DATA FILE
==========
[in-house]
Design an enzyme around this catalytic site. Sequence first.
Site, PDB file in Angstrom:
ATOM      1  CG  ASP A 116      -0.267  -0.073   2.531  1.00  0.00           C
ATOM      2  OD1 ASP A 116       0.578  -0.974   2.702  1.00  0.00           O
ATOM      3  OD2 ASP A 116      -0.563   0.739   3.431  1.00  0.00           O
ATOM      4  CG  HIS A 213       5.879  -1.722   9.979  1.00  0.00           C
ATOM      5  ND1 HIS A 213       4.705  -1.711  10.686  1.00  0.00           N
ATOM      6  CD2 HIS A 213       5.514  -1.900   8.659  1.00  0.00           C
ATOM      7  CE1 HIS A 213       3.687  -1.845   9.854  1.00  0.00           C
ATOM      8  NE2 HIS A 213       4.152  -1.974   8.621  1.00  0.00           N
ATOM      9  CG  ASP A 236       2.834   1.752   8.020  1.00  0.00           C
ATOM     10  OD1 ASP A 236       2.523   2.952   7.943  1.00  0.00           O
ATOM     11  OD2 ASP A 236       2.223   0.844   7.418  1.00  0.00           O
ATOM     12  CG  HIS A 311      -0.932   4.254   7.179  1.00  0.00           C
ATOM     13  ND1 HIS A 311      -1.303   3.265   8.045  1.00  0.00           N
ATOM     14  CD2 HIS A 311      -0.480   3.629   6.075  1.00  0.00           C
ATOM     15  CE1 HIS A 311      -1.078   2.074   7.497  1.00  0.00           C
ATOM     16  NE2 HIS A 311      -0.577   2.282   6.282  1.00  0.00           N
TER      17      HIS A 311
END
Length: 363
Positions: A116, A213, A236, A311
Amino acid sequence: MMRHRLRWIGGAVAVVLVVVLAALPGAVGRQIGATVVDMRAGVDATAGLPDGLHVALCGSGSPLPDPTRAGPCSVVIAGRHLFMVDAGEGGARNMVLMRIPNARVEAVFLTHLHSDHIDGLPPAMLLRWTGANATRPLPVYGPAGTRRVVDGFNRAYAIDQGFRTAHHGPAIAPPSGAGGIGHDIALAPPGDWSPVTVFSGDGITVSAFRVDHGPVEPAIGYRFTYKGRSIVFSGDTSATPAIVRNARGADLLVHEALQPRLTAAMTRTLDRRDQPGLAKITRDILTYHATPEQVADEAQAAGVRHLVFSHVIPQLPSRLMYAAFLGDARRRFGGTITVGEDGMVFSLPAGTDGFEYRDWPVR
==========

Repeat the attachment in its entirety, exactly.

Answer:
[in-house]
Design an enzyme around this catalytic site. Sequence first.
Site, PDB file in Angstrom:
ATOM      1  CG  ASP A 116      -0.267  -0.073   2.531  1.00  0.00           C
ATOM      2  OD1 ASP A 116       0.578  -0.974   2.702  1.00  0.00           O
ATOM      3  OD2 ASP A 116      -0.563   0.739   3.431  1.00  0.00           O
ATOM      4  CG  HIS A 213       5.879  -1.722   9.979  1.00  0.00           C
ATOM      5  ND1 HIS A 213       4.705  -1.711  10.686  1.00  0.00           N
ATOM      6  CD2 HIS A 213       5.514  -1.900   8.659  1.00  0.00           C
ATOM      7  CE1 HIS A 213       3.687  -1.845   9.854  1.00  0.00           C
ATOM      8  NE2 HIS A 213       4.152  -1.974   8.621  1.00  0.00           N
ATOM      9  CG  ASP A 236       2.834   1.752   8.020  1.00  0.00           C
ATOM     10  OD1 ASP A 236       2.523   2.952   7.943  1.00  0.00           O
ATOM     11  OD2 ASP A 236       2.223   0.844   7.418  1.00  0.00           O
ATOM     12  CG  HIS A 311      -0.932   4.254   7.179  1.00  0.00           C
ATOM     13  ND1 HIS A 311      -1.303   3.265   8.045  1.00  0.00           N
ATOM     14  CD2 HIS A 311      -0.480   3.629   6.075  1.00  0.00           C
ATOM     15  CE1 HIS A 311      -1.078   2.074   7.497  1.00  0.00           C
ATOM     16  NE2 HIS A 311      -0.577   2.282   6.282  1.00  0.00           N
TER      17      HIS A 311
END
Length: 363
Positions: A116, A213, A236, A311
Amino acid sequence: MMRHRLRWIGGAVAVVLVVVLAALPGAVGRQIGATVVDMRAGVDATAGLPDGLHVALCGSGSPLPDPTRAGPCSVVIAGRHLFMVDAGEGGARNMVLMRIPNARVEAVFLTHLHSDHIDGLPPAMLLRWTGANATRPLPVYGPAGTRRVVDGFNRAYAIDQGFRTAHHGPAIAPPSGAGGIGHDIALAPPGDWSPVTVFSGDGITVSAFRVDHGPVEPAIGYRFTYKGRSIVFSGDTSATPAIVRNARGADLLVHEALQPRLTAAMTRTLDRRDQPGLAKITRDILTYHATPEQVADEAQAAGVRHLVFSHVIPQLPSRLMYAAFLGDARRRFGGTITVGEDGMVFSLPAGTDGFEYRDWPVR